- Susan Lorraine
Who or what is Green Tara?
by Susan Lorraine
Green Tara is a personification of compassionate energy and an important source of inspiration and protection within the Tibetan Buddhist tradition. She is swift in her response to suffering and can be called upon much like Christians might call on a patron saint. And yet, not quite like that.
Tibetan spirituality (and Buddhism in general) is embedded in a cultural understanding of identity as being fluid and interdependent. Any sense of a fixed, solid, separate “self” is seen as an illusory overlay—a convenience at best and ultimately a source of suffering because it is out of alignment with reality. Similarly, deities and demons are also not solid or independently existing.
Within this worldview, Green Tara is both a historical person–a woman who achieved enlightenment and vowed to remain available as a compassionate force that relieves suffering—and a reflection of our own innate, here-and-now nature.
In the practice of Green Tara, we imagine (visualize) her as a way of invoking and cultivating compassionate energy that is not bound by a habitual sense of self. The practice (sadhana) includes sound (bell and drum), gesture (hand mudras), and words (praises and aspirations), which, through repetition, invoke a sensory, resonant environment infused with her/our enlightened energy. When we do the practice together, we participate in a shared world of compassionate intent that responds to suffering and radiates to wherever it is needed.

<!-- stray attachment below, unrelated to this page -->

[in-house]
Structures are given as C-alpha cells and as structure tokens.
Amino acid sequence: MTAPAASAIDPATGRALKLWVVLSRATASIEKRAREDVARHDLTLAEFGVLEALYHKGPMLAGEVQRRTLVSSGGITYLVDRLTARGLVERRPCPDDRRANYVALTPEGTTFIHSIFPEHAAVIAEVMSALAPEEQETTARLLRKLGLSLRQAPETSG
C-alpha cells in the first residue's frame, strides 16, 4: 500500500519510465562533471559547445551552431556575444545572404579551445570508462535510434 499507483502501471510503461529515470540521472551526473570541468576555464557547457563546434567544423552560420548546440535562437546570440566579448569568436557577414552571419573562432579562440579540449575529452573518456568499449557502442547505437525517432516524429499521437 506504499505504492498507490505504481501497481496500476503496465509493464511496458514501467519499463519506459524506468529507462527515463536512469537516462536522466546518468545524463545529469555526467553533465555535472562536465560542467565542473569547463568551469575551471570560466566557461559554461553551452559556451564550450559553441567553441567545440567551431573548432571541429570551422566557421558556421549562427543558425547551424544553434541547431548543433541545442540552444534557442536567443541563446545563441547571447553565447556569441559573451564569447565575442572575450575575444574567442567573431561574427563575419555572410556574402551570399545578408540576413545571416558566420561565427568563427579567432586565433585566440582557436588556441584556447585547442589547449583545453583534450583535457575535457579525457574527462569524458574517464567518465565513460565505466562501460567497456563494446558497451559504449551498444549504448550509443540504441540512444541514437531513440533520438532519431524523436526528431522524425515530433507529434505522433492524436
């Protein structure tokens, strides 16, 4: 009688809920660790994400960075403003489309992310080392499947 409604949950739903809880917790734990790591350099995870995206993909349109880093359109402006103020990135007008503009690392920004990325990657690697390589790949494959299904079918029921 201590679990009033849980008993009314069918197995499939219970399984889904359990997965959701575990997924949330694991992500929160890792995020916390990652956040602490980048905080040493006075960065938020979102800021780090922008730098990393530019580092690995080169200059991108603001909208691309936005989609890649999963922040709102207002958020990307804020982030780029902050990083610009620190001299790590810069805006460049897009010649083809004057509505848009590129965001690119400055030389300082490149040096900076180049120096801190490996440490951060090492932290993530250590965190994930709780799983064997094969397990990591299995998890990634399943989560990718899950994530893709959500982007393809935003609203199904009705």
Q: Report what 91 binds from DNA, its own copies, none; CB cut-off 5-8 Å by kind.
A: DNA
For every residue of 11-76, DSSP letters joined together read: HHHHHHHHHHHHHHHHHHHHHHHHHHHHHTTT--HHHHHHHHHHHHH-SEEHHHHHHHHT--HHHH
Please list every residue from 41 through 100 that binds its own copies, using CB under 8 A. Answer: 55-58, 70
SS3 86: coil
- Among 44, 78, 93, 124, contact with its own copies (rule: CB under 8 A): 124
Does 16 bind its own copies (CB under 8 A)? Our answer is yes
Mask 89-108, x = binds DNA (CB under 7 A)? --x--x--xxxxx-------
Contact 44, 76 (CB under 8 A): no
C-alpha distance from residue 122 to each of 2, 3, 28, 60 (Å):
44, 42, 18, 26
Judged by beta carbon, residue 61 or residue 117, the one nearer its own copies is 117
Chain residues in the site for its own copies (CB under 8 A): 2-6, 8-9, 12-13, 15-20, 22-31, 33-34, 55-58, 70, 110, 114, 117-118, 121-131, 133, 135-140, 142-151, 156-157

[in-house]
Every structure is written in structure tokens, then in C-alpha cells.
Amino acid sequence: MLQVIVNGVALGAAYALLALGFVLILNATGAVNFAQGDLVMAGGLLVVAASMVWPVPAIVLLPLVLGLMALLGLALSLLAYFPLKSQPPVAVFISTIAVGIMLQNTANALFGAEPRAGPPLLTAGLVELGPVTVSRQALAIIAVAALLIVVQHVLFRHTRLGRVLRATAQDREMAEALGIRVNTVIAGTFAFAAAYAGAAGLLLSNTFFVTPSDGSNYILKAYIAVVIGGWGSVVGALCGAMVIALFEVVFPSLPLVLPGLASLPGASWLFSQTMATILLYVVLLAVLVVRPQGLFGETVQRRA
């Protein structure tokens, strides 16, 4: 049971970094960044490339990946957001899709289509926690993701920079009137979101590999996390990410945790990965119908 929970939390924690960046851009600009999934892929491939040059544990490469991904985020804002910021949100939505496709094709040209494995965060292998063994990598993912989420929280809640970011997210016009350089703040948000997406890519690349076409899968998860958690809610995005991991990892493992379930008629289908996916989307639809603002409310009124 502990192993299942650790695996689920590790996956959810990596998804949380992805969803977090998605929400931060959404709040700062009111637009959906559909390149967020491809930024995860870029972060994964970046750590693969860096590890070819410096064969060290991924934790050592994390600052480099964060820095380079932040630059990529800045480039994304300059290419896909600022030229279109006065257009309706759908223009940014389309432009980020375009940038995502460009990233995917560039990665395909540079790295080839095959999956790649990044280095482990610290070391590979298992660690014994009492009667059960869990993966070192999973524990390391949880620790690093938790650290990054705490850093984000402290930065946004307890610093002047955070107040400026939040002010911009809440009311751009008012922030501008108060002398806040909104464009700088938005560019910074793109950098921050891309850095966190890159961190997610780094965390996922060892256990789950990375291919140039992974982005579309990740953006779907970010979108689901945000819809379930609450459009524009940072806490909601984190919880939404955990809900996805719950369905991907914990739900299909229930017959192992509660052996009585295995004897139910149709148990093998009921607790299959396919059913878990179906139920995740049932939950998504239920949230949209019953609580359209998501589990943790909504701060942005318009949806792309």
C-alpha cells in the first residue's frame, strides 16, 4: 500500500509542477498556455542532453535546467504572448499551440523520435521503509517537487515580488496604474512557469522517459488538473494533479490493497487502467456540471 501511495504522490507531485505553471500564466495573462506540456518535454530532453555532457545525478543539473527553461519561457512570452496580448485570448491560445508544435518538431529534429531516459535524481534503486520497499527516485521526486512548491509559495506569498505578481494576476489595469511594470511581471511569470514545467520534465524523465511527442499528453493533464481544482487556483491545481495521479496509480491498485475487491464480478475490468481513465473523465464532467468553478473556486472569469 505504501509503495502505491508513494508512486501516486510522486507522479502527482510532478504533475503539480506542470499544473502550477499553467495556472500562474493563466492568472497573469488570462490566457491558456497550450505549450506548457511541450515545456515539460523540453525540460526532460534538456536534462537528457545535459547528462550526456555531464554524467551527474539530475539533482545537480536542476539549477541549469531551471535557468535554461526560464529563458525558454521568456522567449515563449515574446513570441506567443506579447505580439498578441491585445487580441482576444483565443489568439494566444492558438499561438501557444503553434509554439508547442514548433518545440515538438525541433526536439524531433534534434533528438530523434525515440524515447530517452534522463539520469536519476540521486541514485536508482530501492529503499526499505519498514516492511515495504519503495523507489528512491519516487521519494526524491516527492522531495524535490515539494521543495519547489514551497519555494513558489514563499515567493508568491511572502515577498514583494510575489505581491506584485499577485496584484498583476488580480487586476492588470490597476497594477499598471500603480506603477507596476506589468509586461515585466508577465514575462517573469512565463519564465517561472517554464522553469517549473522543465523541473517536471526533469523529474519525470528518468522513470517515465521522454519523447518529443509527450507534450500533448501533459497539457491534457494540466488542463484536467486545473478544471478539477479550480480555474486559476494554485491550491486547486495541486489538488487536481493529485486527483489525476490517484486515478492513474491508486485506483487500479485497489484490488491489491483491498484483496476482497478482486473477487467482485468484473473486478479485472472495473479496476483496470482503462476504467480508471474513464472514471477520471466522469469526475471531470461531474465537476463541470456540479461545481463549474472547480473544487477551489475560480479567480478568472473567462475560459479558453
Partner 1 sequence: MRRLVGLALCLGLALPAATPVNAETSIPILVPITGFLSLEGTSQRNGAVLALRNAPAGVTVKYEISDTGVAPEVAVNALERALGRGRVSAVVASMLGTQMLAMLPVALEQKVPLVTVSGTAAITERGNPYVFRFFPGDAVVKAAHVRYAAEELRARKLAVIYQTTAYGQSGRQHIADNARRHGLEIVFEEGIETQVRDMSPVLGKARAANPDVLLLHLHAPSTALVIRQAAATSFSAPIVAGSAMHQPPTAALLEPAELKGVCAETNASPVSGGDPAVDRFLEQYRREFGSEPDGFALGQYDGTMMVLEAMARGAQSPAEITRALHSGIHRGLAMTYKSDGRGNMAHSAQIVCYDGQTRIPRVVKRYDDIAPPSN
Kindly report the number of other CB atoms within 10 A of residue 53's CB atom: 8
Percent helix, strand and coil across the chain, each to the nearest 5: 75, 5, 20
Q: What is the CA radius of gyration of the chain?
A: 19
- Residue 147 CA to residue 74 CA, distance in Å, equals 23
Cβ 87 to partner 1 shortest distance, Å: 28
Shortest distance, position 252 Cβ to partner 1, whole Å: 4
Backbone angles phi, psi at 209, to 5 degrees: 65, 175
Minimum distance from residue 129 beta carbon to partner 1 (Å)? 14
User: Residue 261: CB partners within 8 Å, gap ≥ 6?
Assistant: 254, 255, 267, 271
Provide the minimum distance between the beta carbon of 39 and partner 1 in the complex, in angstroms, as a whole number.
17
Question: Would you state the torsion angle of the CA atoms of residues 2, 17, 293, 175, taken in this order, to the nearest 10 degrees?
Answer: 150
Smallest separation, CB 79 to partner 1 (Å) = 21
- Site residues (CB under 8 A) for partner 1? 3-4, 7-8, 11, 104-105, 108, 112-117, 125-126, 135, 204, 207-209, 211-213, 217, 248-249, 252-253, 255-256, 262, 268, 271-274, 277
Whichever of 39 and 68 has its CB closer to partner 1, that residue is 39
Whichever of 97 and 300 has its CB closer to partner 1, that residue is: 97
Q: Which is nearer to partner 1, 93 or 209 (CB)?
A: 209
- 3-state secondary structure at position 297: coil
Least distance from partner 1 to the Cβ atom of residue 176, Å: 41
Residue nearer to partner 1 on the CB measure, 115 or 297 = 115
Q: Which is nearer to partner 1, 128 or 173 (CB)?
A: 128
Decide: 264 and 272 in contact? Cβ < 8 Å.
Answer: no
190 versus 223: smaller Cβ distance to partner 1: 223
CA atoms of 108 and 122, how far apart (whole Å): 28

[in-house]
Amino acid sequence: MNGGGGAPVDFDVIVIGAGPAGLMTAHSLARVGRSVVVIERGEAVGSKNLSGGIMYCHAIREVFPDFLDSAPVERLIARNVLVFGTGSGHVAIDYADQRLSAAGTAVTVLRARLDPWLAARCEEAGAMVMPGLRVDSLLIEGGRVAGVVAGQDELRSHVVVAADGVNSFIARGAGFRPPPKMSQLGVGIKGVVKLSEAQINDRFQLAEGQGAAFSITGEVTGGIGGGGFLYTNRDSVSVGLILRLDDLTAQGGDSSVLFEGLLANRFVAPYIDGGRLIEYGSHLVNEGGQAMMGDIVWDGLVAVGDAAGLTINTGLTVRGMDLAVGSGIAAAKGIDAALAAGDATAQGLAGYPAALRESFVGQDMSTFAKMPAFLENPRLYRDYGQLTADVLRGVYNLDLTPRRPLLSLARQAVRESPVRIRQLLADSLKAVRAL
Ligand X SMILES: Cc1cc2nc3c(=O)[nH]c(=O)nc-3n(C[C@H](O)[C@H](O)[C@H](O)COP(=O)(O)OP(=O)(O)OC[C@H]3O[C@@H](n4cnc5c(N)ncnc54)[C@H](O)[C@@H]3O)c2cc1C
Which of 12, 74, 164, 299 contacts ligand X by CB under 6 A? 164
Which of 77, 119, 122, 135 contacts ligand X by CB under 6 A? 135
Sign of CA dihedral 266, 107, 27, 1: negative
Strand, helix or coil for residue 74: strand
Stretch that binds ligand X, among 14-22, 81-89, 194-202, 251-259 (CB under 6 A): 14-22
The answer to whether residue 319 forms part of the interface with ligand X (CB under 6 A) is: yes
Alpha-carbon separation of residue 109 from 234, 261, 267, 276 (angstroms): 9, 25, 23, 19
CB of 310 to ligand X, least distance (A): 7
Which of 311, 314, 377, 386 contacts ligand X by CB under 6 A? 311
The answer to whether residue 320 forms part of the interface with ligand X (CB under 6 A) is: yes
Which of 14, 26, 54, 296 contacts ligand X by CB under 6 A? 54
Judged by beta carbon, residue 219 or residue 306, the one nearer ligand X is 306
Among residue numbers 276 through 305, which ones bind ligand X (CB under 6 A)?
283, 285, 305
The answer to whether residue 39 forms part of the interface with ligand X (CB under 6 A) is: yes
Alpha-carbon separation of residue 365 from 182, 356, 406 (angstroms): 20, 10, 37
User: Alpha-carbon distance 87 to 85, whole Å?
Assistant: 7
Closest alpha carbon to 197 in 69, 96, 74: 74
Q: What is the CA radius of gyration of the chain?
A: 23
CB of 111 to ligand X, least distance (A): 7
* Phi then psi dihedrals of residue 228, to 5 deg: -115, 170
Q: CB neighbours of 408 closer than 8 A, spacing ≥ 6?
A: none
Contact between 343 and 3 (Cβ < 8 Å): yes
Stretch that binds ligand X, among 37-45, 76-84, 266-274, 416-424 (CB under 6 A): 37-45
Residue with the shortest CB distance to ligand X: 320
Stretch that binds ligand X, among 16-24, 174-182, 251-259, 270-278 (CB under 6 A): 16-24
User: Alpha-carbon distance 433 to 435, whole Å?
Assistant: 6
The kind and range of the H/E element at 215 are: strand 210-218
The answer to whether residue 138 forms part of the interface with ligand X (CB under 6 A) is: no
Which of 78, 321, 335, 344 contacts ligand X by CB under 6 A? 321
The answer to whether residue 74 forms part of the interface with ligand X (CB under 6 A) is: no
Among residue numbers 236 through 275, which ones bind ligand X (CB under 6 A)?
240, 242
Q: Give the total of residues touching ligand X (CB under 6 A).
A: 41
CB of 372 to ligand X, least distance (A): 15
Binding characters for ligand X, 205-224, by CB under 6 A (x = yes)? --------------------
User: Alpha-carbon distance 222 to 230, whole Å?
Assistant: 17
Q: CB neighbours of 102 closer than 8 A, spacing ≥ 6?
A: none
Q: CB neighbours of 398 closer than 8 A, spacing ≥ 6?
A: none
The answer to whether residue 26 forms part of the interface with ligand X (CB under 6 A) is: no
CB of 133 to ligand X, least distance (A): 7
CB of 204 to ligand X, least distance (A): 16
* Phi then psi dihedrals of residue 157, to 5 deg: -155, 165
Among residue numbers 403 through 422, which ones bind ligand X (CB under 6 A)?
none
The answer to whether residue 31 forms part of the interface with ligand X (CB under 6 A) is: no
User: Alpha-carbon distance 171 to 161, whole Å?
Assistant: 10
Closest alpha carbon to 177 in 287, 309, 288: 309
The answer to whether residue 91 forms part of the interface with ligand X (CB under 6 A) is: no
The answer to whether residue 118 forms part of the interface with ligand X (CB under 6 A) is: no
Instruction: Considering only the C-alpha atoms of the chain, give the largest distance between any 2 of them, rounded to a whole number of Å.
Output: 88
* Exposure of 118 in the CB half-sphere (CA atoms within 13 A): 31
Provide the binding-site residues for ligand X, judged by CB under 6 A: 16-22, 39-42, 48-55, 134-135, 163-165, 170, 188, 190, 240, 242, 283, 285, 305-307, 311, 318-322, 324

This May, we are fortunate to be introduced to the Green Tara practice by someone committed to maintaining the integrity of its transmission from Tibet to the West. The tendency to graft cultural and spiritual traditions, whether Asian or Indigenous, onto a Western worldview is a colonial pattern, a kind of appropriation. In this case, the practice is a gift intentionally offered, passed on from Tibetan teacher to Western student, and then entrusted to us with the blessings of the lineage.